Part III: Workflows
Poly Haven Texture Set
We’re going to start with a very simple texture set - Slate Driveway by Poly Haven. Poly Haven is a fantastic resource - it’s a Patreon-driven asset library that creates CC0 texture sets, HDRIs, and models and releases them out to the world for free. It’s pretty Blender-forward, but we can still use the sets and HDRIs by setting a few options.
When we first hit a Polygon texture page, we’ll see a purple bar in the upper right corner with a 4K dropdown and a Blender logo dropdown to the right of it. If we were to hit download, we’d get a zip file with a .blend file and a textures folder. We could use the textures folder in this, but the default file formats may not be to our liking. Fortunately we can customize the download package by hitting the Blender icon and choosing ZIP from the menu instead. This opens up a panel that lets us pick and choose which maps we want in which format.
Which format and which resolution depends heavily on the intended use of the material. We’re going to go all PNG for this one, but if we were going to use displacement, an EXR height map would be recommended. Let’s un-purple BLEND and GLTF (not going to use either of those), then purple PNG for Diffuse, Displacement (we’ll use this in bump instead), Normal GL (not DX), and Rough. We don’t need AO, or AO/Rough/Metal (which is also known as ARM - Octane doesn’t support that at this time).
2K is good for now, so let’s change 4K to 2K, and then hit Download to get the archive.
Next we’ll want to make a new C4D file, make sure it’s saved somewhere with a /tex folder next to it, and call it something like driveway.c4d. Now let’s make a new Universal Material, name it Slate Driveway, double-click it, and hit the Node Editor button to open the node editor.
The archive we got from Poly Haven gets unzipped to the /tex folder in the same location as our C4D file. It can be in a subfolder to keep the structure tidy (so /tex/slate_driveway/ for example).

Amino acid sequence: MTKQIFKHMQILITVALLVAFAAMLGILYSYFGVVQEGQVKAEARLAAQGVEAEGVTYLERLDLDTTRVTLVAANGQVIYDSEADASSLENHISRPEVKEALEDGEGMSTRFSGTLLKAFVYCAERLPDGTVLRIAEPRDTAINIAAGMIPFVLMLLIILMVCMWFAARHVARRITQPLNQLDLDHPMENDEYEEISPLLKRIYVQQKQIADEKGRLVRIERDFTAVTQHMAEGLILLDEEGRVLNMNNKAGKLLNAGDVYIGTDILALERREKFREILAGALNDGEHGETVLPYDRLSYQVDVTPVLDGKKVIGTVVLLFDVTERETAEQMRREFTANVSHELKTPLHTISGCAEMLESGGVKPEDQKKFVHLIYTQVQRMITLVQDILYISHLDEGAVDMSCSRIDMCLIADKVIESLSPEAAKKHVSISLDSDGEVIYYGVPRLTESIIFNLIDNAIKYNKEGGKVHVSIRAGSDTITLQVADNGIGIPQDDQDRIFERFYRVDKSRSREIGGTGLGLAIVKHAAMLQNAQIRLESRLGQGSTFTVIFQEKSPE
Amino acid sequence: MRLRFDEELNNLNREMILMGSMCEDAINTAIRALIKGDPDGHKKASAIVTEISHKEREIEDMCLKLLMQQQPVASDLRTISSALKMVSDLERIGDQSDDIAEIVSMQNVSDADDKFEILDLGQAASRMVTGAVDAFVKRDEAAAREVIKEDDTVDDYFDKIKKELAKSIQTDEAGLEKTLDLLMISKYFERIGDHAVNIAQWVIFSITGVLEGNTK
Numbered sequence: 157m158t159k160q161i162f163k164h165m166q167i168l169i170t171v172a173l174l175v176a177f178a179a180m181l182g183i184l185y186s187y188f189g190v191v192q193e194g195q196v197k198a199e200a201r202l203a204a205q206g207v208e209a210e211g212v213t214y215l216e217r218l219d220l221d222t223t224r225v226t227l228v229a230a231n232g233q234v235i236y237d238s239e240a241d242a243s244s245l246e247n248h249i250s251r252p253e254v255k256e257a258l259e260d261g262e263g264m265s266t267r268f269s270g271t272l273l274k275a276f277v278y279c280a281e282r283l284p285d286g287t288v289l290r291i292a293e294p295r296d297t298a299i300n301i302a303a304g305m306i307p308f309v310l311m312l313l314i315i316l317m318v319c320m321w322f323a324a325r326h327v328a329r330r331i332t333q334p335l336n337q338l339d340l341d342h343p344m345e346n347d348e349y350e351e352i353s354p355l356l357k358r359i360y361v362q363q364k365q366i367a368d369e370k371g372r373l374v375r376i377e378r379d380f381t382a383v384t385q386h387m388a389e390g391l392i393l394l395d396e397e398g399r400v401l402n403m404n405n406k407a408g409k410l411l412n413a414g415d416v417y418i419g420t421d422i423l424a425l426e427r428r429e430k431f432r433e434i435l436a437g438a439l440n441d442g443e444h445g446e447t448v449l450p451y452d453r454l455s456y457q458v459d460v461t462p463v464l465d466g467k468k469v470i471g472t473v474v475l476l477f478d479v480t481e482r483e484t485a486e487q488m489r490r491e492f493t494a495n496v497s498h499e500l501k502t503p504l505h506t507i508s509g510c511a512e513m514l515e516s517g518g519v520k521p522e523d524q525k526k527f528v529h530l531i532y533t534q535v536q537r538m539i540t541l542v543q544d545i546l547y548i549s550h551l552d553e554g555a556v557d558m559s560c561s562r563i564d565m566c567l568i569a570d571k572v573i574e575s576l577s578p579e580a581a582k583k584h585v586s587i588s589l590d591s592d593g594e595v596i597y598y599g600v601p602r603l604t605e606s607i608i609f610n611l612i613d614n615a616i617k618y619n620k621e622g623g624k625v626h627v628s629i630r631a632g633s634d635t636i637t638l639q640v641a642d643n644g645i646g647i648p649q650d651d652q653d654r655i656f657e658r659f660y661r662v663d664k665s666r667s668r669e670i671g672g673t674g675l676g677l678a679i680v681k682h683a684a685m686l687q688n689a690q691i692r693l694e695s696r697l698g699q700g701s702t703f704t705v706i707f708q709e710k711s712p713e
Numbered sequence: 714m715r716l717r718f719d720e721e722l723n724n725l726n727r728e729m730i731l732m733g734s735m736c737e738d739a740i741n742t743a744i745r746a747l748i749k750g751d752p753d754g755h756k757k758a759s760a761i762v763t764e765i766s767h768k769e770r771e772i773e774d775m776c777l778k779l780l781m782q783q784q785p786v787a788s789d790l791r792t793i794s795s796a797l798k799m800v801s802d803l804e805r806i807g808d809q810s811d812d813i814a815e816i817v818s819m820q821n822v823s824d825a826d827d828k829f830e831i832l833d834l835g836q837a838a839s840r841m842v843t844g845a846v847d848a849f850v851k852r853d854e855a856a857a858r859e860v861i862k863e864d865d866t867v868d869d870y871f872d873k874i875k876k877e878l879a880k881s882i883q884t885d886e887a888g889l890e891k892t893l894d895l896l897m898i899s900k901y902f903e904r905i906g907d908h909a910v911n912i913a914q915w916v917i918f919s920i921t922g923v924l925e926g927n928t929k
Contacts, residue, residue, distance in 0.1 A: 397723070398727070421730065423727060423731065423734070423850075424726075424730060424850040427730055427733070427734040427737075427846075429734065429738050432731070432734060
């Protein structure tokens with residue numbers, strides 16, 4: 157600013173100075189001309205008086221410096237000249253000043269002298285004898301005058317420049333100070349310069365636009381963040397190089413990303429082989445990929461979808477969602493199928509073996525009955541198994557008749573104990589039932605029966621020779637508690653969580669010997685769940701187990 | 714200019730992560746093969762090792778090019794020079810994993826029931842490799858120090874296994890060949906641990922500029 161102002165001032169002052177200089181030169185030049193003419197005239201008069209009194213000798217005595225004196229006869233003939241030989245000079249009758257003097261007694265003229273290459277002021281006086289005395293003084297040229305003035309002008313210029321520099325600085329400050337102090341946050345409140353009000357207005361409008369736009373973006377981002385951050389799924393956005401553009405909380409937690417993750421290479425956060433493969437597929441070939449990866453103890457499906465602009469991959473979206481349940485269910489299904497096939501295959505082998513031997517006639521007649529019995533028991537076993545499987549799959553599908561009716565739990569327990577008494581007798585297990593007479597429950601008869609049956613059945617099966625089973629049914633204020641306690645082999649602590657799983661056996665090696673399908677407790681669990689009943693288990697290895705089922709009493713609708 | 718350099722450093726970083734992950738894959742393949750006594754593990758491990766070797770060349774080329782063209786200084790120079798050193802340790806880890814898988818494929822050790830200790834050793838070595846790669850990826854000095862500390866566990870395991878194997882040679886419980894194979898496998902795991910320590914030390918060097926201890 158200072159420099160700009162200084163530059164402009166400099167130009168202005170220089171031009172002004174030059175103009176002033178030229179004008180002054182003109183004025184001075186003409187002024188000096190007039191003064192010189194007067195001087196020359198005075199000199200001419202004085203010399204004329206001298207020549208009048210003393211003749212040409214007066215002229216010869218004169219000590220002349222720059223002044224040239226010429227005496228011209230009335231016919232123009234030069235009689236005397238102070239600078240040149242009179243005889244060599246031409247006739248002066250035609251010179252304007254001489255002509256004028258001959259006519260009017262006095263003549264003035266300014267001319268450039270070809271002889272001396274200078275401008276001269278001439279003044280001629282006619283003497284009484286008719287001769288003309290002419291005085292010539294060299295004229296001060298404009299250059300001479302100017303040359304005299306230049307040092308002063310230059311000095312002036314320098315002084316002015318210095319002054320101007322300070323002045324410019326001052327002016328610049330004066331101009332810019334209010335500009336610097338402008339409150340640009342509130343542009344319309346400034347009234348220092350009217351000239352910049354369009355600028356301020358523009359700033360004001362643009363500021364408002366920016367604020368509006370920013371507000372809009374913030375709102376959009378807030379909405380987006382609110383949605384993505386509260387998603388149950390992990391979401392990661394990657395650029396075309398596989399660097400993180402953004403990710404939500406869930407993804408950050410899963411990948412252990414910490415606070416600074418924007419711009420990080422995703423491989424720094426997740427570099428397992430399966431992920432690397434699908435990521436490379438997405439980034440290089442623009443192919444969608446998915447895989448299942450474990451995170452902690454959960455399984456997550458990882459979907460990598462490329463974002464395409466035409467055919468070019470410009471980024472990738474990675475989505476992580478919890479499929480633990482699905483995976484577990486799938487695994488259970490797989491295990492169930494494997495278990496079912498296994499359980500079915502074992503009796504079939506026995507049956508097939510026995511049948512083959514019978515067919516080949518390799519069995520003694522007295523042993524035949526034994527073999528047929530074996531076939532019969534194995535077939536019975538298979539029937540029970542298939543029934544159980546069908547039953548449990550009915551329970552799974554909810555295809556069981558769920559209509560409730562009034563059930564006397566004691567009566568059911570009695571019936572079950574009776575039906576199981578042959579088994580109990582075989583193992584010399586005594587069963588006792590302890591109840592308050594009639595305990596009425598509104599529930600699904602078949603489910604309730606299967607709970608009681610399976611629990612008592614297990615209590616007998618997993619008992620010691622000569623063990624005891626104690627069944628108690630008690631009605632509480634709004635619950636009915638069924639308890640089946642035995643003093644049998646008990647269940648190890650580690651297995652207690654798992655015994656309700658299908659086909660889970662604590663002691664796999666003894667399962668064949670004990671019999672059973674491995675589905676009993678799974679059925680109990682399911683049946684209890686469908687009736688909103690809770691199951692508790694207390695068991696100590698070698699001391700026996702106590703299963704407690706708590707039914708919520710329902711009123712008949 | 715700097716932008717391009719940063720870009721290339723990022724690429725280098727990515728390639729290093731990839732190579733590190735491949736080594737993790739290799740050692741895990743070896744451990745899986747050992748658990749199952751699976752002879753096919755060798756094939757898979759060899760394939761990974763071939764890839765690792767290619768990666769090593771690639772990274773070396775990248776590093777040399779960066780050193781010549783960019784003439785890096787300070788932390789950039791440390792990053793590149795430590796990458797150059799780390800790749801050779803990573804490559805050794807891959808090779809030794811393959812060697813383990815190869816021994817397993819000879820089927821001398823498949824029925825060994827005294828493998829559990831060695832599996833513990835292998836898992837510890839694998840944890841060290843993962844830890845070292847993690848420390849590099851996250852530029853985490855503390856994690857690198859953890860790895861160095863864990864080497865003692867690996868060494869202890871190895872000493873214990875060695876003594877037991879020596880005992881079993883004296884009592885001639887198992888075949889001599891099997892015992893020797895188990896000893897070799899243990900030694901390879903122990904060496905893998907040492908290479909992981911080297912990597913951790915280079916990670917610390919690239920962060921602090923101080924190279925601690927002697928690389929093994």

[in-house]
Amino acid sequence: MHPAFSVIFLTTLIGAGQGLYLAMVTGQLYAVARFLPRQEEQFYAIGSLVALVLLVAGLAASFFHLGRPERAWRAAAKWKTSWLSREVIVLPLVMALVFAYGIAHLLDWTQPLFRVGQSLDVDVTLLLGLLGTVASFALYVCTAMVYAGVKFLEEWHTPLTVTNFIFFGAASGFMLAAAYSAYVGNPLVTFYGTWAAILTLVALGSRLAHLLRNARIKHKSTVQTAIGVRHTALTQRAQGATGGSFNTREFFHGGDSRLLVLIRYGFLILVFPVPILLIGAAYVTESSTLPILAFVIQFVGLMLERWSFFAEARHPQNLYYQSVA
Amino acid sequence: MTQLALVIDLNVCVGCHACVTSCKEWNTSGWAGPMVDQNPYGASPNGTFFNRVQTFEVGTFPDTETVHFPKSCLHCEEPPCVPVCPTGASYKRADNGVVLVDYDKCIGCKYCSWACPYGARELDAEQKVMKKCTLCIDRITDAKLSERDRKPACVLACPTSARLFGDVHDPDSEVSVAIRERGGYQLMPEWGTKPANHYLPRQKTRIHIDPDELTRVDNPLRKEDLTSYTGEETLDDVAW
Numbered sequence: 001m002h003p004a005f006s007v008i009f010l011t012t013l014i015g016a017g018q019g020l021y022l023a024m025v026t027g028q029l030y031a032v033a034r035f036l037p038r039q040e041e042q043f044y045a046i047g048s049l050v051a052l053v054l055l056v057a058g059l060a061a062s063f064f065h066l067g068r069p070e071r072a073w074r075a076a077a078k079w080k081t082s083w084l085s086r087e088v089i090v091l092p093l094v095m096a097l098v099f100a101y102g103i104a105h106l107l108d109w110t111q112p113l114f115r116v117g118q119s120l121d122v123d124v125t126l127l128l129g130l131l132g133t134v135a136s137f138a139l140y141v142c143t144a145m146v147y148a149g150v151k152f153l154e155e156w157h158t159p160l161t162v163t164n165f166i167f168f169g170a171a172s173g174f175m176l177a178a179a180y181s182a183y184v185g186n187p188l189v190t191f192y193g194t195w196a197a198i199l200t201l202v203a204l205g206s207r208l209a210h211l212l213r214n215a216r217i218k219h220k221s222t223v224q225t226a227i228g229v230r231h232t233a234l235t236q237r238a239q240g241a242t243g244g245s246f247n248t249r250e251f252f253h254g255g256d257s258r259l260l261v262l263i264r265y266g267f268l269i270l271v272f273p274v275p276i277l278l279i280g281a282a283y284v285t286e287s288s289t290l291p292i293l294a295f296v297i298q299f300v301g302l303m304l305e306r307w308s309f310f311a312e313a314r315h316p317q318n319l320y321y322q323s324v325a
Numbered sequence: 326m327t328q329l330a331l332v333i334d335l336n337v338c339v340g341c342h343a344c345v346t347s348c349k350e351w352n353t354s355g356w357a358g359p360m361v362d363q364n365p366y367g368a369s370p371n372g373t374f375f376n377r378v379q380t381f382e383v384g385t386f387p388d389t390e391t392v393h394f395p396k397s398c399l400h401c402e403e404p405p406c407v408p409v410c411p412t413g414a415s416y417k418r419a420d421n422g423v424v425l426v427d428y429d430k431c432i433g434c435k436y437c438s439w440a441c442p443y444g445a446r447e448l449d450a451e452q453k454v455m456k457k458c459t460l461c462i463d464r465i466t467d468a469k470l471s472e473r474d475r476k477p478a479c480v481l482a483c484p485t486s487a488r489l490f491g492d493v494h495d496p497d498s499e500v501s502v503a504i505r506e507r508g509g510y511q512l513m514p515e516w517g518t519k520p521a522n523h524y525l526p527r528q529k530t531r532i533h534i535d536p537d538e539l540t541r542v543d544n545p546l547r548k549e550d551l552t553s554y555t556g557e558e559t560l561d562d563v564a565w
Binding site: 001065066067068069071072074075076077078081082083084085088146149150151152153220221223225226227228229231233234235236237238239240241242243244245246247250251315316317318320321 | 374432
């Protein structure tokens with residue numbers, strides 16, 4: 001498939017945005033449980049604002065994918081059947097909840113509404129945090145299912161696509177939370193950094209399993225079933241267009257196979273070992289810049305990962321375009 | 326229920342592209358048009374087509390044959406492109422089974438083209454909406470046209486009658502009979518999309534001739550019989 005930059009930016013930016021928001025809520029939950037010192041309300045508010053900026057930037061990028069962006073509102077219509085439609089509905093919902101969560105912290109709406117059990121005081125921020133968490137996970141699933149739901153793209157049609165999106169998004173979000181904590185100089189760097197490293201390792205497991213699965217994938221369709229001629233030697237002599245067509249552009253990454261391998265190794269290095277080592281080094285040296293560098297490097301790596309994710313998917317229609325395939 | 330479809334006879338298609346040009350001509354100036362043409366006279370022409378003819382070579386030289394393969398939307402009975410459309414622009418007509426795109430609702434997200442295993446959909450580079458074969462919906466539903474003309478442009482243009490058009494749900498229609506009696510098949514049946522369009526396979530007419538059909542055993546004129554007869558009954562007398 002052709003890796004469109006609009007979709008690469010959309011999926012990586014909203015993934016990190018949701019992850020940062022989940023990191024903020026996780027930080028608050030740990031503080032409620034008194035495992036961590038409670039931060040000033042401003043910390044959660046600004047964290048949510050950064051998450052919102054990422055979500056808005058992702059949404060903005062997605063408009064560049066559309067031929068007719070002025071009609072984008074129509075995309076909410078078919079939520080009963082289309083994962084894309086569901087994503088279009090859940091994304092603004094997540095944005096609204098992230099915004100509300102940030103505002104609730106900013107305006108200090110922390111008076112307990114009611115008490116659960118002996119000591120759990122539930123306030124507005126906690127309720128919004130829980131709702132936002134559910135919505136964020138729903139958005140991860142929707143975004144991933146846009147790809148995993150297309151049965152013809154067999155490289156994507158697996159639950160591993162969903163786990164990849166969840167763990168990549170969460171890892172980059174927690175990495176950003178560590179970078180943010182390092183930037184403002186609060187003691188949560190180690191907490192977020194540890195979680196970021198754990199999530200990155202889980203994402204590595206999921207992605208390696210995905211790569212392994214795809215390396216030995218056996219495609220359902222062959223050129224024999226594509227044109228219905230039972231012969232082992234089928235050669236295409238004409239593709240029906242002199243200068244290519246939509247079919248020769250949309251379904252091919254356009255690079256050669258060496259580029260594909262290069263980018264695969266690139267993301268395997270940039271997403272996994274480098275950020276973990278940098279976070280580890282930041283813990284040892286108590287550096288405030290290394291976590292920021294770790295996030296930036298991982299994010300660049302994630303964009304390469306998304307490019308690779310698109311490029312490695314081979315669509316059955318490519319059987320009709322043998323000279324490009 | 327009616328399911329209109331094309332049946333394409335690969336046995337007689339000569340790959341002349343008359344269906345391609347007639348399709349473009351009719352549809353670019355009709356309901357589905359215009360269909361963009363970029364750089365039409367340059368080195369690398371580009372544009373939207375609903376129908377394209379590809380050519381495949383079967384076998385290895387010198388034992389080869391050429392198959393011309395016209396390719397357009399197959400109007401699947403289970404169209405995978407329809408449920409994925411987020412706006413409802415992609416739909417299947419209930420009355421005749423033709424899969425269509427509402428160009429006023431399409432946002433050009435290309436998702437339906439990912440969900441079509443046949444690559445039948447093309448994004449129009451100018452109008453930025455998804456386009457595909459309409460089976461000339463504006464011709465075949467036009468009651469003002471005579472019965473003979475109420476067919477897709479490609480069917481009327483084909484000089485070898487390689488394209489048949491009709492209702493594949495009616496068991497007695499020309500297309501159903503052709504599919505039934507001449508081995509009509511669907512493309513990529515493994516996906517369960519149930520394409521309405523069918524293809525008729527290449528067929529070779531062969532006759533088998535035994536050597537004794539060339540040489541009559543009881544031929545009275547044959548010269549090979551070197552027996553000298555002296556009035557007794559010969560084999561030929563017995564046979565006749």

If we were to try the automatic PBR detection function in Octane now, only the roughness map would work. Unfortunately, Poly Haven doesn’t write out the entire map name in their materials, and Octane doesn’t understand the abbreviations, so we’ll have to rename the files to contain the full channel name.
NOW if we drag any of the four maps from Windows Explorer on to the Universal Material node, they’ll all appear inside ImageTexture nodes and hook up to the proper channels so long as they’re all in the same folder.
The utility maps will already be in the right color space (Linear sRGB + legacy gamma, gamma =1). The non-color data option would probably be a better choice just from a “oh, that makes sense” perspective, but Linear sRGB & gamma=1 also works since they’re functionally the same thing.
The diffuse map (hooked up to Albedo) comes in with the wrong color space, though. Linear sRGB + legacy gamma, gamma = 2.2 is close to, but not exactly the same as sRGB, which is the proper color space for this map. 99% of the time this won’t be a dealbreaker, but it does shift the colors a little, so it’s a good idea to set this dropdown to sRGB instead (legacy gamma no longer applies if sRGB is chosen).
For more information about color spaces, check out this guide.
We’re not going to use displacement with this material, because it’s a much more advanced topic that requires lots of things to go exactly right. This guide is the first in a series that explains this in a lot more detail.
The displacement map in this case is the same as a height map, which is what’s also used in the bump channel, so let’s delete the displacement node and run the displacement map into the bump channel.
The last thing we need to do here is kill the specular - there’s no map for it, which probably means this material isn’t meant to be reflective. Looking at the preview on Poly Haven’s site confirms this. The Universal Material defaults to 1 (full specular), so we just want to bring that to 0 (no specular).
If we put this on a cube and throw in an HDRI to light it, we’ll see it looks pretty close to the preview on Poly Haven. Nice :)
At this point, it’s a good idea to take stock of the maps and see what we really need. If we hook and unhook each one, we can see the effect it has on the material - if it turns out that bump or roughness doesn’t add a whole lot, we can just delete them and save some VRAM. In this case there are four 2K maps which are only taking up ~350MB, so we’re probably fine to leave them all.
Some texture sets also have maps that are entirely black or white (channel is off or on). Rather than eat up VRAM with these, we can just use the float slider in the channel to turn the channel off (0) or fully on (1).
SBSAR (Substance Material) Workflow
Substance Player is a free tool (no account or login needed) that allows us to load SBSAR files, see what they look like on a model, adjust settings, and export maps in various resolutions and file sizes.
In this example, we’re going to use the Facade Substance 004 SBSAR from ambientcg.com (free, no account).This is a good starter material with a few different maps